However, nothing out of the EA Trax lineup hooked me more than that other SSX game, SSX 3. Basement Jaxx, Rokysopp, The Chemical Brothers, N.E.R.D., Kinky; the impressive lineup of artists that, at the time I was not familiar with blew me away. Along with the excellent sound manipulation and the badass DJ Atomica (donít judge me, heís badass and you know it), SSX3 came to be another focal point for me musically. I mean, it astounds me that I totally would have missed Rokysopp until this year, had it not been for SSX 3. Can you believe that?

EA Trax still holds true for me today. Iíve picked up at least 4 or 5 new artists from Burnout Paradise, the Madden soundtracks are always a joy to listen to, and when I downloaded the Fight Night Round 3 demo last year, I spent more time sitting at the title screen listening to songs than I did busting up peopleís faces. If youíre looking for new music to listen to, or good music to listen to, or both, I can testify that EA has what you need.

Except SSX 4. Still waiting on that one.

-Daxelman



Music games can be a touchy subject for some people. The genre is far from without its critics; from gamers to real musicians, it seems like everyone has something to say about the games with the little plastic controllers. However, as time goes on, the bridge between game and teaching tool is fast closing, as is obvious with the upcoming Rock Band 3. But I am not here to talk about the games themselves; I am here to talk about what makes the games what they are, namely, the music itself.

Though they didnít have nearly the same effect on me as the Tony Hawk games did, music games (starting with Guitar Hero II for me) have shaped both my musical tastes and, to some degree, my self esteem. To say that I discovered a number of bands through music games in incredibly understandable, and also probably very common. They didnít turn me onto certain band in the same way that the Tony Haw games did, but when I played those games I didnít really have much of a musical palate. Those games game me my musical tastes. By the time I started playing music games, I already had a pretty established musical range. What attracted me to the genre was what attracts most people to the genre; the illusion of talent.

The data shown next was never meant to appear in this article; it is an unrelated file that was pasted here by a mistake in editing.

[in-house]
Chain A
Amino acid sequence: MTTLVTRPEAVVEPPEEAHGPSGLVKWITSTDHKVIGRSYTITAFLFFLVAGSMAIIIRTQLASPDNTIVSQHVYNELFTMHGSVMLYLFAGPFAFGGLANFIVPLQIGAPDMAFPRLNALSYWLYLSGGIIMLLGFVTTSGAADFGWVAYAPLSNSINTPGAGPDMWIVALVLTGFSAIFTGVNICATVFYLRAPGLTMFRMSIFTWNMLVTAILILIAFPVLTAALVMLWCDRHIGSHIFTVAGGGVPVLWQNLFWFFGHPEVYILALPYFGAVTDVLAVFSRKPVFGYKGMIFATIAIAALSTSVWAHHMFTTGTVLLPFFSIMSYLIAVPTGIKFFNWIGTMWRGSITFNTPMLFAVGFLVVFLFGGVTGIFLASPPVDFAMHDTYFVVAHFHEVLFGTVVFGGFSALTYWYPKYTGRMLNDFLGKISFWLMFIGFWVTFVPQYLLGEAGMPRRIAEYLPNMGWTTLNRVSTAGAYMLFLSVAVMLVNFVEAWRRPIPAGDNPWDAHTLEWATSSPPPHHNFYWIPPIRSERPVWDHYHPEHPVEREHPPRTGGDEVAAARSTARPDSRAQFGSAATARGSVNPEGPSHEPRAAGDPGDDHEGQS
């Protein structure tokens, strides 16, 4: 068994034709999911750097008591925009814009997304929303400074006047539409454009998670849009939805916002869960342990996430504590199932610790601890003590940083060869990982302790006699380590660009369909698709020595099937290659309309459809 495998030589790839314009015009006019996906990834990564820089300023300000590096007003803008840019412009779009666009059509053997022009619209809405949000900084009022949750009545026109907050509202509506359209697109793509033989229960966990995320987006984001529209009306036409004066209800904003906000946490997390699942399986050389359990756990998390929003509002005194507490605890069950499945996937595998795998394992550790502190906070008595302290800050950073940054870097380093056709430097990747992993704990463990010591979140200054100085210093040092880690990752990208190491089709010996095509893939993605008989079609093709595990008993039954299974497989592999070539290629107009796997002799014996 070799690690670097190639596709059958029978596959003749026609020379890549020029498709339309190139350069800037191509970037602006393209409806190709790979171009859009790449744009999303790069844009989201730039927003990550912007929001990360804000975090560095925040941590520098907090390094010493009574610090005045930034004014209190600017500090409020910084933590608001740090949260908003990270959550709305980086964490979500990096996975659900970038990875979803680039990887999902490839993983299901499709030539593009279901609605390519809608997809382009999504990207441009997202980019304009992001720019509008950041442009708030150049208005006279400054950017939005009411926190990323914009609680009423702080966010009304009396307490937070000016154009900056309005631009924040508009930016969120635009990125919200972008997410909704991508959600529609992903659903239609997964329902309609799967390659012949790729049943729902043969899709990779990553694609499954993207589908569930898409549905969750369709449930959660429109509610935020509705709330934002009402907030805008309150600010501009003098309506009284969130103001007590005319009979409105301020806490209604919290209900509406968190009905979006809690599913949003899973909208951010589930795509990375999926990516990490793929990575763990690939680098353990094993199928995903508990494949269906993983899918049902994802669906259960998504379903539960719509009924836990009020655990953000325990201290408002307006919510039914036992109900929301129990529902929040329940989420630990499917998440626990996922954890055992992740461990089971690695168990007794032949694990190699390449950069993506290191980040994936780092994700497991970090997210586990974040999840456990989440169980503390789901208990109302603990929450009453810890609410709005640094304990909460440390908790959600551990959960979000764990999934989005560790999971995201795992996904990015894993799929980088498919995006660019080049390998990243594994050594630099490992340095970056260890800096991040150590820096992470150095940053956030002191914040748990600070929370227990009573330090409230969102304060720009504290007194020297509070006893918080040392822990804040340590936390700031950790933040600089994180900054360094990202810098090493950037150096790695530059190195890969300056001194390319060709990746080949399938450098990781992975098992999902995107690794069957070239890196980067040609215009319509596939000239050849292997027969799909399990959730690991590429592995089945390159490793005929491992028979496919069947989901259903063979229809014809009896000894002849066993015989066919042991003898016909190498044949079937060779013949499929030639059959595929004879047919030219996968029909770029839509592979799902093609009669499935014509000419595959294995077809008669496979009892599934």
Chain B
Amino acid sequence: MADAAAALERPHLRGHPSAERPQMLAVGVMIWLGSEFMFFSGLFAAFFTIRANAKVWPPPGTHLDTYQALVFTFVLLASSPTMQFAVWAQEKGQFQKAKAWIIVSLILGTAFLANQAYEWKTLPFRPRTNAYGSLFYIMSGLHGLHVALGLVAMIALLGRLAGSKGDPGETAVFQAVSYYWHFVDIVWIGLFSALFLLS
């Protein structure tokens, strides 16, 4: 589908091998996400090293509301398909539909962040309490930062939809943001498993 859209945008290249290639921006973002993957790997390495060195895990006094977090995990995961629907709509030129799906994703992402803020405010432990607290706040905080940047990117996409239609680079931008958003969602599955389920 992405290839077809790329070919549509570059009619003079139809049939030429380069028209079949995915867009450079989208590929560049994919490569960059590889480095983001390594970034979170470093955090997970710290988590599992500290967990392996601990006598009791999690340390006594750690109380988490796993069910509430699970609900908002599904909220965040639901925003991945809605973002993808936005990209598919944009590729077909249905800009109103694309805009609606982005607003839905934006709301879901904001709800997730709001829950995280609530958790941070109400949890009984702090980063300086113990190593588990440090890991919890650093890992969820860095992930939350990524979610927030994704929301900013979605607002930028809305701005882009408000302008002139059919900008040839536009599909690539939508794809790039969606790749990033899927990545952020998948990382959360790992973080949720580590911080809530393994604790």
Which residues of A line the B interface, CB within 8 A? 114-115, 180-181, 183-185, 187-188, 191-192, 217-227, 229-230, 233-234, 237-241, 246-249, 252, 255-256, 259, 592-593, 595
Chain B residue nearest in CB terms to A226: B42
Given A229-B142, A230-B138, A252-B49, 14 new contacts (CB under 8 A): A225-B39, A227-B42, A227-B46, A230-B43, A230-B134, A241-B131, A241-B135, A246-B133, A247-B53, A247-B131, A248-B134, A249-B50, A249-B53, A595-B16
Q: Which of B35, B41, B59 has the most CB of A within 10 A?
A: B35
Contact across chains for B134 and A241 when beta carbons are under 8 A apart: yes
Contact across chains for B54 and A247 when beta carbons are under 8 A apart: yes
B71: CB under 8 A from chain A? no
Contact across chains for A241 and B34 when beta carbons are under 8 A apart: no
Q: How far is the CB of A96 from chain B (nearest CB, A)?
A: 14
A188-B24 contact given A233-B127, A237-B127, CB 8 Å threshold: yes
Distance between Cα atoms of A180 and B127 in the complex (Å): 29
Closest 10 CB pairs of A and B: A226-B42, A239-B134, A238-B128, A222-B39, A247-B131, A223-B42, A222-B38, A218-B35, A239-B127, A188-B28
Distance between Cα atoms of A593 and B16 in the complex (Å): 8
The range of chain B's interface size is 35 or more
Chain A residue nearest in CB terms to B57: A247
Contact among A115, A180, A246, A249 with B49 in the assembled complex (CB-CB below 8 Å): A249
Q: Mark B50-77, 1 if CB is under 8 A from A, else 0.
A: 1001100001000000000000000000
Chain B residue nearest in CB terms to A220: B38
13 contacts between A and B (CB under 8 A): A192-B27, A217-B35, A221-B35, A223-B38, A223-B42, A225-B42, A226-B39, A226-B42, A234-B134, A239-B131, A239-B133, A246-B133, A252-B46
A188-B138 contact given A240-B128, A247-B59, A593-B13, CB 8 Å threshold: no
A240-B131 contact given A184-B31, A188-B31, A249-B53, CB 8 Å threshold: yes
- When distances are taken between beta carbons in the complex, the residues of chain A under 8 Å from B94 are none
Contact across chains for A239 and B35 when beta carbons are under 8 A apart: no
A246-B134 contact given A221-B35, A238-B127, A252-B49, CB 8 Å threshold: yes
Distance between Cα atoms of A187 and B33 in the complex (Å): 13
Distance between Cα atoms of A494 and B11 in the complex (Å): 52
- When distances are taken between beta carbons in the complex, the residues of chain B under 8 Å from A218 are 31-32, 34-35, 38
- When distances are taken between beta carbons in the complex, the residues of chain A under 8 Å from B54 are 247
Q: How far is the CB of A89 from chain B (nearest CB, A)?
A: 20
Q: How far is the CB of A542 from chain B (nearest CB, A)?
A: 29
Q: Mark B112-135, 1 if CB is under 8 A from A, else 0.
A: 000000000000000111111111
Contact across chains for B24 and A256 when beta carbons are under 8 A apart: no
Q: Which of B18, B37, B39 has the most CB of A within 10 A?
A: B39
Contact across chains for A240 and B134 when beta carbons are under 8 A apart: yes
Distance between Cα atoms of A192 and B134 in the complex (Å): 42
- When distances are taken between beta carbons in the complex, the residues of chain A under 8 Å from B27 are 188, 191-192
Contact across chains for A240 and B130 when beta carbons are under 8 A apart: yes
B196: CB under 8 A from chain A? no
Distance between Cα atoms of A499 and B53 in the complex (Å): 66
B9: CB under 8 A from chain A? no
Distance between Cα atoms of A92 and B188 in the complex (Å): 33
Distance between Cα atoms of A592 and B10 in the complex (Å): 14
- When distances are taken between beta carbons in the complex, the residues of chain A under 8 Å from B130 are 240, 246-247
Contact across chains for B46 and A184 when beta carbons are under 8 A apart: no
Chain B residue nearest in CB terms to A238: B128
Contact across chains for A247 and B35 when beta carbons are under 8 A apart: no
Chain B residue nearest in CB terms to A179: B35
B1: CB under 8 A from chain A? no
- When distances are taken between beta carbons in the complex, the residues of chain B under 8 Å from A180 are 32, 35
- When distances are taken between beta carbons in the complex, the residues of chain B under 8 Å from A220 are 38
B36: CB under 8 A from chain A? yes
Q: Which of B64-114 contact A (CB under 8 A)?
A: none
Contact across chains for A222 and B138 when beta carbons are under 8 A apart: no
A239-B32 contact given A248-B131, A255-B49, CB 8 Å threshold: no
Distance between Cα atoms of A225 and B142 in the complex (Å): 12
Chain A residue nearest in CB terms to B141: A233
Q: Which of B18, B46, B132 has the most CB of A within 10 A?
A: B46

This is where my self esteem comes in Look, Iím a short, chubby, somewhat lonesome gamer, I donít have a lot of self esteem to start with. Once I started playing on hard (later expert) and beating y friends, I felt awesome. Iíll be the first to admit that itís kind of pathetic to say that being good at a music game is a morale boost, but thatís what it is for me. When I finally got to expert on Rock Band 2ís drums, I felt amazing. Thereís nothing quite like keeping perfect time throughout a difficult and fast song. For me, itís never been that much about the music, though itís high up there I importance. Music games have always been about the experience and the feeling of adequacy it gave me that I couldnít find elsewhere. Itís similar to what being good at Tony Hawk did for me before I started playing music games.

However, as the days and months went by, the dust began to gather on my tiny plastic guitar and drums. My peripherals sit unplayed on either side of my TV. Is it because I tire of them? Maybe a little, but I will never forget what they gave me: self esteem and some awesome songs to listen to on my MP3 player.

-RonBurgandy2010